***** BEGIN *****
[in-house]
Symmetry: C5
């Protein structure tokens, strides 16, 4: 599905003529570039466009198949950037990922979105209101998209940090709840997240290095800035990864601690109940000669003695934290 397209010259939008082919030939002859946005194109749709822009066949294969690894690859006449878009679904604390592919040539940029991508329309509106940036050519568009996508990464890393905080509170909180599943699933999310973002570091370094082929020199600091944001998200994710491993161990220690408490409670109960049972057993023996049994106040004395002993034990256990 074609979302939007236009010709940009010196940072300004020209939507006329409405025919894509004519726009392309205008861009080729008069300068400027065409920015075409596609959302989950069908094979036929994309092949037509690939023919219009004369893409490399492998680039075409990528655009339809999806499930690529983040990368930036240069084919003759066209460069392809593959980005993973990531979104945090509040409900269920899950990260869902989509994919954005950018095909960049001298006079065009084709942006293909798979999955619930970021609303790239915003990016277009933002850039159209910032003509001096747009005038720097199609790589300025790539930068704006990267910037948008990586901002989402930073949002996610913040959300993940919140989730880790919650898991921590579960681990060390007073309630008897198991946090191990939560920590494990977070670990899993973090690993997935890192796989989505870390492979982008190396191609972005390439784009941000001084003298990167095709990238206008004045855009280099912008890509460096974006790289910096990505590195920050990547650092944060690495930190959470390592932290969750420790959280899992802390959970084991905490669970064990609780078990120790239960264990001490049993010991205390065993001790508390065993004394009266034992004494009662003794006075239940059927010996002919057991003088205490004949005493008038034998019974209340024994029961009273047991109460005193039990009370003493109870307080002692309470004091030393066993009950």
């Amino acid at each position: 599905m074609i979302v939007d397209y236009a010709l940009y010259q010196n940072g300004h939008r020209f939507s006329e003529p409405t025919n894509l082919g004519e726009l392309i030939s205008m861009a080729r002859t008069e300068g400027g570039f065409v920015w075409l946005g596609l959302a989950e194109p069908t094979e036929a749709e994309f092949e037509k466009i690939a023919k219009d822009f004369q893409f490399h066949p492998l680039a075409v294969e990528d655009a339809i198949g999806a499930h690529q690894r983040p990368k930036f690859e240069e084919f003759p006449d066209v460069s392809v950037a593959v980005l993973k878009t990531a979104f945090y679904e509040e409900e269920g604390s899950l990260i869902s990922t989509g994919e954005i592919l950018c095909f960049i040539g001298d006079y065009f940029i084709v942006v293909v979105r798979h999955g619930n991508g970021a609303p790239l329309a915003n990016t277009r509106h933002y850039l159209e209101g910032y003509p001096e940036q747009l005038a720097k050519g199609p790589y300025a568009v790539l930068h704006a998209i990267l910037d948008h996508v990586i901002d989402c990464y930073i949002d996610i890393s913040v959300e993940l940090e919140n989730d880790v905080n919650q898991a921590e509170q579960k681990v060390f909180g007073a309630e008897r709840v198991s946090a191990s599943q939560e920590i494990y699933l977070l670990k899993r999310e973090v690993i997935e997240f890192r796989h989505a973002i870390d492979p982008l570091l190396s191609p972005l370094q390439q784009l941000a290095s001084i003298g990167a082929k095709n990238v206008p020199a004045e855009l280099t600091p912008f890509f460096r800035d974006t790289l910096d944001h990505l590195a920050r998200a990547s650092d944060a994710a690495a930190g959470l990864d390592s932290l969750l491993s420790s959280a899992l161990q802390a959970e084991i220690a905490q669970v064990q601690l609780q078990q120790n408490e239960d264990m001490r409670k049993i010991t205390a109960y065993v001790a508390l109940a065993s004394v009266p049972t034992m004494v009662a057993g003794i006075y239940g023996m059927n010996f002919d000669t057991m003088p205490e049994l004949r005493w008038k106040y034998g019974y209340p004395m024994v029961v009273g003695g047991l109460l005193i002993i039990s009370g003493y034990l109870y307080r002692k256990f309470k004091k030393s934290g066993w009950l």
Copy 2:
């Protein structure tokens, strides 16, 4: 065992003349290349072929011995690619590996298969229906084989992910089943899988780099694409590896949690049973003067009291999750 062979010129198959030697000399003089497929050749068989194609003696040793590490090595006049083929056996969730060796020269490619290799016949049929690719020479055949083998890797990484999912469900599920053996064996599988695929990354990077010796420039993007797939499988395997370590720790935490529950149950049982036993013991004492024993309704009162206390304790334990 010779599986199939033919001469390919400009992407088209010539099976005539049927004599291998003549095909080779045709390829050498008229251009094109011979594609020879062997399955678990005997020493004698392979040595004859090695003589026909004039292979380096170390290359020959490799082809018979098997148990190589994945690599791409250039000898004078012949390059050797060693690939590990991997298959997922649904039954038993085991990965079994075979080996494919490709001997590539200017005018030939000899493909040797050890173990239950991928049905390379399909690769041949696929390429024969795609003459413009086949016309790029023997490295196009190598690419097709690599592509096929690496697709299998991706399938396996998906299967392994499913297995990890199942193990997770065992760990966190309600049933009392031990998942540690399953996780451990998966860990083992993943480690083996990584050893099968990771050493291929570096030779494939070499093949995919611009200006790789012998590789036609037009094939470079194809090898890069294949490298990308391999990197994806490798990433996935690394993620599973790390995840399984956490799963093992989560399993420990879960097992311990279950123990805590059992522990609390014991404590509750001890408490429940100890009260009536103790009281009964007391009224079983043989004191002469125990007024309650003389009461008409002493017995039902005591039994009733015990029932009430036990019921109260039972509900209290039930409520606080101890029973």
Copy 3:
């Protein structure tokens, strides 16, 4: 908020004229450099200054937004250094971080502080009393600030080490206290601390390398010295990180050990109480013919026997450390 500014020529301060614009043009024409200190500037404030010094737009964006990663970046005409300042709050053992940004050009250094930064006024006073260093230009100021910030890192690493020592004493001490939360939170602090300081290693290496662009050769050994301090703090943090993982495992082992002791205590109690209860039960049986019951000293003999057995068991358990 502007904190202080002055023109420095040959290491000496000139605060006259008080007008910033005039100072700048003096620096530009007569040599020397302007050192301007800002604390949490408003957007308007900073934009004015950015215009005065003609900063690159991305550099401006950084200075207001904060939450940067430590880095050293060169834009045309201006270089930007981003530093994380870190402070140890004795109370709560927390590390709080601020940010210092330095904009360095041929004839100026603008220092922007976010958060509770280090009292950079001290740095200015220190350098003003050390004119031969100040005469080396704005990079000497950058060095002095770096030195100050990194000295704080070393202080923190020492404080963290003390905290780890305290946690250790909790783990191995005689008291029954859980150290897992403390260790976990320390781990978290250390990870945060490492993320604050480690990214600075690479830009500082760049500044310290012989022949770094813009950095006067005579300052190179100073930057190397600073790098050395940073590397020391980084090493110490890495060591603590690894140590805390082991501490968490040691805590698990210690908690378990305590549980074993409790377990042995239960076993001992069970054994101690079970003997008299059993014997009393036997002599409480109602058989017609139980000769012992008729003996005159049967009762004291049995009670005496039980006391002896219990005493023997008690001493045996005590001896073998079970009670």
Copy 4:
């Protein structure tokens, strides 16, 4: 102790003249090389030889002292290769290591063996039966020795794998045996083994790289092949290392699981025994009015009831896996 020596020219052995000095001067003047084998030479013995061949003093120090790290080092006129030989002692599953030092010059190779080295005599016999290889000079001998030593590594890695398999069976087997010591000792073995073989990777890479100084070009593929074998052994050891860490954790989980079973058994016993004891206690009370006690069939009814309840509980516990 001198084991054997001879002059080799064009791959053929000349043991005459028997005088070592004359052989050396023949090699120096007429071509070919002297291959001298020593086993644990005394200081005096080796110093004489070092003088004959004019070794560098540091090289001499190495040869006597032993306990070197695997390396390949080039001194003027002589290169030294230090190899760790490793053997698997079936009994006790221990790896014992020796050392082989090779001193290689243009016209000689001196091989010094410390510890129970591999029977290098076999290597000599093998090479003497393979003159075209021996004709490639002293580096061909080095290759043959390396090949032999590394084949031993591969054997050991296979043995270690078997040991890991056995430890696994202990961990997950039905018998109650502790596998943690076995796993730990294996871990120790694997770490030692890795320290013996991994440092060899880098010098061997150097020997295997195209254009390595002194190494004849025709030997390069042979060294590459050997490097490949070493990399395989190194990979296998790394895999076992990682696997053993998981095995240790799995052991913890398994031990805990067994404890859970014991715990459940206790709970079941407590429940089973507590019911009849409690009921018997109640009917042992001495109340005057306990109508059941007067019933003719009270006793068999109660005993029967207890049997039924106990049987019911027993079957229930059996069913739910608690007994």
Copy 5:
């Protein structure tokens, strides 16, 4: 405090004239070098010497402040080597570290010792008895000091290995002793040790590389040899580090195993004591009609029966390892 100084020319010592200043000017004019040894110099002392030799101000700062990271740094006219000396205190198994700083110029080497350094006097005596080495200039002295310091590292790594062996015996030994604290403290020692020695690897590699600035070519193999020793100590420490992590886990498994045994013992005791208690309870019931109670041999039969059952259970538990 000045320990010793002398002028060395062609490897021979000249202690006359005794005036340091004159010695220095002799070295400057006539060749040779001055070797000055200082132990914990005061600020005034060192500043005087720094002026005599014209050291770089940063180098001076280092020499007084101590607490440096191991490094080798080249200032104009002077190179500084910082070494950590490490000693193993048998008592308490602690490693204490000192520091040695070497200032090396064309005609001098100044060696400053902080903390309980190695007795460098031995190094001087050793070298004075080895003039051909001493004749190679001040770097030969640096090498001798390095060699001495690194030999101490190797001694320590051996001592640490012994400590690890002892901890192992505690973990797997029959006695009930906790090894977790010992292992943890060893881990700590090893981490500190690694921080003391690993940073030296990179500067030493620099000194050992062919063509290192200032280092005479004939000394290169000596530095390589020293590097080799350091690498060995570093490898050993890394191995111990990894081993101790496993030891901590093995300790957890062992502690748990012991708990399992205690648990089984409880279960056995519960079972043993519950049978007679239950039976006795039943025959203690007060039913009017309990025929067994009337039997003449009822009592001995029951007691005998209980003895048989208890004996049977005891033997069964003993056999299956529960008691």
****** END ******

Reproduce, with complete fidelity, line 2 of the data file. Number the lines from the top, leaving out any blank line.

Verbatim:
Symmetry: C5